The city has been in discussion with WMATA for months after prices the latter negotiated for the southern access ramp came back higher than the $50 million allocated in a state grant. During PYMIG meetings, city officials repeatedly said they believed the price was substantially higher than what it should be.
Wilson acknowledged at an earlier meeting that while going back to market for bids on the contract could get a better deal, it could also show that WMATA was correct and the numbers will be even higher than the current bids.
At the site itself, construction is progressing. Staff said at the City Council meeting that the walls are being poured in for the AC switchgear building. Contractors are currently working on ground stabilization to support the station and driving piles on the west side for the north pavilion.
Staff photo by Jay Westcott
A number of traffic calming changes will eventually be coming to Monticello Blvd in the Alexandria’s North Ridge neighborhood.
The city is in the final stages of design on the project, which will bring changes to the roadway near George Mason Elementary School. The project will potentially include speed cushions and a speed monitoring sign.
It currently has no current implementation schedule, according to city spokesman Craig Fifer.
Monticello Blvd is bordered by Russell Road and Cameron Mills Road, and is used as a cut-through street for many drivers. The city received multiple community requests for traffic calming on the road before 2018, which was when staff got to work, Fifer said.
Fifer told ALXnow that the city is debating the merits of speed cushions on Monticello.
“Although speed cushions were later added to the discussion at the request of neighbors, and the fire department determined that speed cushions may be feasible under certain circumstances, transportation and fire officials are currently evaluating the use of speed cushions on different types of streets and whether speed cushions will be part of the final Monticello design,” he said.
- Three speed cushions
- A speed monitoring sign near George Mason Place
- 10 feet of street parking removed for the addition of a crosswalk at the intersection with Old Dominion Blvd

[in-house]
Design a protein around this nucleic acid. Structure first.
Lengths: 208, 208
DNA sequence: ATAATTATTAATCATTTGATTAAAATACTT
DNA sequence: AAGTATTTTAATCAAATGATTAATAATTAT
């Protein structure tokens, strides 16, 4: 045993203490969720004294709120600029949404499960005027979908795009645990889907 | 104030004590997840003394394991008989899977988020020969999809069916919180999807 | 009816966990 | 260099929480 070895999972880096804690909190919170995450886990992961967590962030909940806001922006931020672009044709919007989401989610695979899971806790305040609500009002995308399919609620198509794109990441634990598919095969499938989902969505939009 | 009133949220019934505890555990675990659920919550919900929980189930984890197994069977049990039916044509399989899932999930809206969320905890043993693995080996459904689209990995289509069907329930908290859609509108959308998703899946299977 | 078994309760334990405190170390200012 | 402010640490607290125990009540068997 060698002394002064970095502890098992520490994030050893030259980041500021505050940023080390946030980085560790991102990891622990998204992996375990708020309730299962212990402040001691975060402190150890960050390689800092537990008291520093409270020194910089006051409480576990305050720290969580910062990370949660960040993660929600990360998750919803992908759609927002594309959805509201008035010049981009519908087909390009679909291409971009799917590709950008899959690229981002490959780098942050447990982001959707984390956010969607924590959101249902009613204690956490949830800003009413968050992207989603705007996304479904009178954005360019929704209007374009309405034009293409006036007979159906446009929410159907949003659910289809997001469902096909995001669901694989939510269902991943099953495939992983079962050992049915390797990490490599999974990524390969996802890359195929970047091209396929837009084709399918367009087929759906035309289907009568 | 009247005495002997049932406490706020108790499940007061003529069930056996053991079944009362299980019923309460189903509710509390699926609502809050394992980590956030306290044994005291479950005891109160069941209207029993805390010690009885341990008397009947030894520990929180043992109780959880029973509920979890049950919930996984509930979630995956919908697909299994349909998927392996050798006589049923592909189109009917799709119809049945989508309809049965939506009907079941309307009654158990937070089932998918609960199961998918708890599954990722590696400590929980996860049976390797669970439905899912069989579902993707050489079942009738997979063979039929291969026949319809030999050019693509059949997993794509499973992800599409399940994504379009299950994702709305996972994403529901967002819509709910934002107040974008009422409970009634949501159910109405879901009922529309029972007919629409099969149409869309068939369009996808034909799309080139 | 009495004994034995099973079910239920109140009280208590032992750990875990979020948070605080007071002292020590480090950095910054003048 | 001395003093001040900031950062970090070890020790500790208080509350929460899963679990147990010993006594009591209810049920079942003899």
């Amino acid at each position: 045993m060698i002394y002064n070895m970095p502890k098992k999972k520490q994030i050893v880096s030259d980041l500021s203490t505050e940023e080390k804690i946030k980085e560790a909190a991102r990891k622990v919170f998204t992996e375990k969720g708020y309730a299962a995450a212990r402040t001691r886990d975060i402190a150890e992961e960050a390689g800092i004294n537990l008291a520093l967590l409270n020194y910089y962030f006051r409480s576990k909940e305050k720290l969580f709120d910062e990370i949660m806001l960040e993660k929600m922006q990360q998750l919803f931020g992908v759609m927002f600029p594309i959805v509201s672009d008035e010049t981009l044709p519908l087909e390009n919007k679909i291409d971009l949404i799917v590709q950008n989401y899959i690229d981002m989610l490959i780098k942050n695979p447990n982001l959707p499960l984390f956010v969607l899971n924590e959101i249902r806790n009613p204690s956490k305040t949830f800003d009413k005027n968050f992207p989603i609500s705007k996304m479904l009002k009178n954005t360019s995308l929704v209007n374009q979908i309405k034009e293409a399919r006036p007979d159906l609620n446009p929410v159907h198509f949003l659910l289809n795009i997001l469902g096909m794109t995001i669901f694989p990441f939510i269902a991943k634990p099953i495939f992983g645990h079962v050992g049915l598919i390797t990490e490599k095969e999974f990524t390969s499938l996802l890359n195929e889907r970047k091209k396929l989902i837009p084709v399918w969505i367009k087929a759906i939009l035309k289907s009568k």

- 20 feet of street parking removed for visibility at the intersection with Argyle Drive
Top map via Google Maps
The Eisenhower Partnership is making a last-minute push to try to salvage a 15-minute bus service plan for Eisenhower Avenue ahead of tomorrow’s City Council meeting.
Currently buses cycle along Eisenhower Avenue every 30 minutes, as they do in much of the rest of the city. A new plan would increase the frequency of service in densely populated corridors, while cutting down or eliminating service to some less-densely populated residential areas.
“We ask Alexandria City Council and the DASH Board of Directors to amend the plan to bring more frequent service to Eisenhower by 2022 to support continued economic growth, improved livability for residents, and fewer cars on our streets,” the group said in the petition. “The Eisenhower Valley is booming in new residential and commercial construction. It is an economic engine for Alexandria, increasingly providing improvements to innovation, learning, and living.”
The petition has 118 signatures with a goal of 200.
“DASH ridership on Eisenhower is already strong, averaging 175 riders each weekday,” the petition said. “This number will grow, since several new apartment buildings are planned or under construction along Eisenhower, including partial conversion of the Victory Center to residential. Long-awaited growth is great news, but these new residents will either ride the bus to Metro stations or add to the unmitigated traffic problem.”
The City Council is scheduled to review an update on the transit vision study at the meeting tomorrow (Tuesday).
By 2030, the plan is to have virtually every bus route in the city — including Eisenhower Avenue — at 15-minute frequency. The 2022 planned network, however, would leave the N1 route on Eisenhower avenue at 30-minute frequency.
“To support smart growth and reduce traffic for all Alexandrians, bus service on Eisenhower should be at least every 15 minutes by 2022, increasing as needed,” the petition said. “For certain, another ten years of low-frequency service on Eisenhower will leave all Alexandrians in a jam.”